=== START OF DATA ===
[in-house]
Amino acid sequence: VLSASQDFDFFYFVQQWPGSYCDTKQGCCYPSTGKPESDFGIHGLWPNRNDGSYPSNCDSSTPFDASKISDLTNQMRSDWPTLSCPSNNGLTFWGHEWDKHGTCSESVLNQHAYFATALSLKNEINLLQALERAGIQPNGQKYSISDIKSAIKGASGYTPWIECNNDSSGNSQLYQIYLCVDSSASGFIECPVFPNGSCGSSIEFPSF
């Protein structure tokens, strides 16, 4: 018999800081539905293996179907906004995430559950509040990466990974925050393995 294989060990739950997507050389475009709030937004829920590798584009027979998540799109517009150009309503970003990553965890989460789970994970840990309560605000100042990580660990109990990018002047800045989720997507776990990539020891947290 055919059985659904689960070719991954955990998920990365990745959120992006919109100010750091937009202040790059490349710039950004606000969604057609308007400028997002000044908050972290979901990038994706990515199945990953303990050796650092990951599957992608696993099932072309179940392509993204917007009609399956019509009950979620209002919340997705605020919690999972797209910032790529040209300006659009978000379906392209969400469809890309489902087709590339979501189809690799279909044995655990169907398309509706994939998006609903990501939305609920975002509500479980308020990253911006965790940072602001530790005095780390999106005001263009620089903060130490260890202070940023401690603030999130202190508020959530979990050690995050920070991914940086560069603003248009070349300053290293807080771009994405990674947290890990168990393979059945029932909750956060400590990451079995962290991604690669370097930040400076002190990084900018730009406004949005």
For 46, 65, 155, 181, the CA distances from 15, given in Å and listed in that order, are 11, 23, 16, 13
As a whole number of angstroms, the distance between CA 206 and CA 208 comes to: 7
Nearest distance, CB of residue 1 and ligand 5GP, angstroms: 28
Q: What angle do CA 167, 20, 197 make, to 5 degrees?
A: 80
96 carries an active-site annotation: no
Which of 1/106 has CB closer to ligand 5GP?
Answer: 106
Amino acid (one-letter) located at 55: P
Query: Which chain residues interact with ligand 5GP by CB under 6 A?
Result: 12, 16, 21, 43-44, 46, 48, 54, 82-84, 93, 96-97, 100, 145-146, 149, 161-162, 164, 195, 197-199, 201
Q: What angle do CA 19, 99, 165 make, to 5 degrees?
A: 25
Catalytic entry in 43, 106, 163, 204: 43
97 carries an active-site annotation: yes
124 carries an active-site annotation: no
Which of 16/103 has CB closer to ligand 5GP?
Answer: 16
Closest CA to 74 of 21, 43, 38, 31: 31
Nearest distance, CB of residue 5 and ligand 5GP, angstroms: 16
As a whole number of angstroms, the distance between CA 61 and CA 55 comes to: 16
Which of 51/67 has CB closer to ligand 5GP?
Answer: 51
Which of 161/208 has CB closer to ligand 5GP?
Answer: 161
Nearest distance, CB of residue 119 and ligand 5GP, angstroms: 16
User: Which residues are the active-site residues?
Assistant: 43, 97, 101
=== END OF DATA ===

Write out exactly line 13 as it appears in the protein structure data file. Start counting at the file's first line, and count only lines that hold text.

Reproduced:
Query: Which chain residues interact with ligand 5GP by CB under 6 A?